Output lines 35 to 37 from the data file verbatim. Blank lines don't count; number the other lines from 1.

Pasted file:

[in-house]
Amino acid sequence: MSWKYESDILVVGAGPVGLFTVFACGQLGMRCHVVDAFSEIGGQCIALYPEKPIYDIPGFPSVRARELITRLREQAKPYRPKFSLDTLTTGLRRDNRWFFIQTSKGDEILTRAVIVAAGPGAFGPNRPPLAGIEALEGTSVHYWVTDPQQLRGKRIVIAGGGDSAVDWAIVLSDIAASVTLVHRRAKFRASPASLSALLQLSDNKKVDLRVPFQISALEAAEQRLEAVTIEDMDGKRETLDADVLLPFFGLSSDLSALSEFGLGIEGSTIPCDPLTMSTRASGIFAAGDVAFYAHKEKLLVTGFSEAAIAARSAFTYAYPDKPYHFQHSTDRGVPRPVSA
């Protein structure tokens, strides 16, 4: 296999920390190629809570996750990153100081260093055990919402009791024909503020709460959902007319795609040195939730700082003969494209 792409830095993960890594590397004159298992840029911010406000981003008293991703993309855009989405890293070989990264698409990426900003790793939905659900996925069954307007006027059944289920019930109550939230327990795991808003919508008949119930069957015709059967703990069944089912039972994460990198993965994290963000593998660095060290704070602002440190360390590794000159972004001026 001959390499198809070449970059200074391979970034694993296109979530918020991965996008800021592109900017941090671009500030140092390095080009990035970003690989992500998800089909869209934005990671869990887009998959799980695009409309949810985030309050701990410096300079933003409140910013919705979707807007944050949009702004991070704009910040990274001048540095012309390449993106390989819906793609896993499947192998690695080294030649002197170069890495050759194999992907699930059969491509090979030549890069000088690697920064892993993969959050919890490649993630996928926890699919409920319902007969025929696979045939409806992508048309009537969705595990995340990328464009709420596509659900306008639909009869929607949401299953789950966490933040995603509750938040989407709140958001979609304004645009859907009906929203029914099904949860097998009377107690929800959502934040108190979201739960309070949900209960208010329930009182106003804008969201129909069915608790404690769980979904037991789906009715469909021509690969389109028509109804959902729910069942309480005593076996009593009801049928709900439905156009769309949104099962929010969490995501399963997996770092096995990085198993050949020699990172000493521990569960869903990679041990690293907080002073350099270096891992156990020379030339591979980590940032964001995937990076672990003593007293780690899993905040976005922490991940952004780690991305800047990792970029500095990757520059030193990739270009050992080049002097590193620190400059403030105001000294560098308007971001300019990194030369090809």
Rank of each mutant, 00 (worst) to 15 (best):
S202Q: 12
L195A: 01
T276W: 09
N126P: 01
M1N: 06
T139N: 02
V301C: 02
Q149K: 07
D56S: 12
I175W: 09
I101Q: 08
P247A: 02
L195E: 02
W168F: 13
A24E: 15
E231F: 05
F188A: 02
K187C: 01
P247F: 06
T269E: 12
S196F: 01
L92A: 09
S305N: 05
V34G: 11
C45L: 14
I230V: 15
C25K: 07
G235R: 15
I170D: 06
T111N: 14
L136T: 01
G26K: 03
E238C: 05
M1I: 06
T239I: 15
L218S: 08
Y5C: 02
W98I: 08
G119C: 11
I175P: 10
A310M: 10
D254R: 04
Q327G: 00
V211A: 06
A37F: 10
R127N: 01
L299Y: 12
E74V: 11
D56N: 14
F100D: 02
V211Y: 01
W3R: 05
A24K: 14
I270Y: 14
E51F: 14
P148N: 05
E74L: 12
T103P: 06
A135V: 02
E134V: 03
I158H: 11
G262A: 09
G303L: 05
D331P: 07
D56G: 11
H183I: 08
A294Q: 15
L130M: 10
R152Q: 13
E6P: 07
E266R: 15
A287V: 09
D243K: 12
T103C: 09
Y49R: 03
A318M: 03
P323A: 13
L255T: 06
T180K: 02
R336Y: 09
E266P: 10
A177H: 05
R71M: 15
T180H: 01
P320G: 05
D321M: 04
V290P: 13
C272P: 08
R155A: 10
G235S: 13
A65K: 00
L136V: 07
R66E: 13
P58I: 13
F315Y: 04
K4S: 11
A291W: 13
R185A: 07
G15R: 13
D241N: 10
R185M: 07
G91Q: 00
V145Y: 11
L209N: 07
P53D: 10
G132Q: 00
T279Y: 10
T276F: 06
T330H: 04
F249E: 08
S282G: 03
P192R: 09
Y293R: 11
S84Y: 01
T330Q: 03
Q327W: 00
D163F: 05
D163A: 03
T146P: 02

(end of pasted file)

L136T: 01
G26K: 03
E238C: 05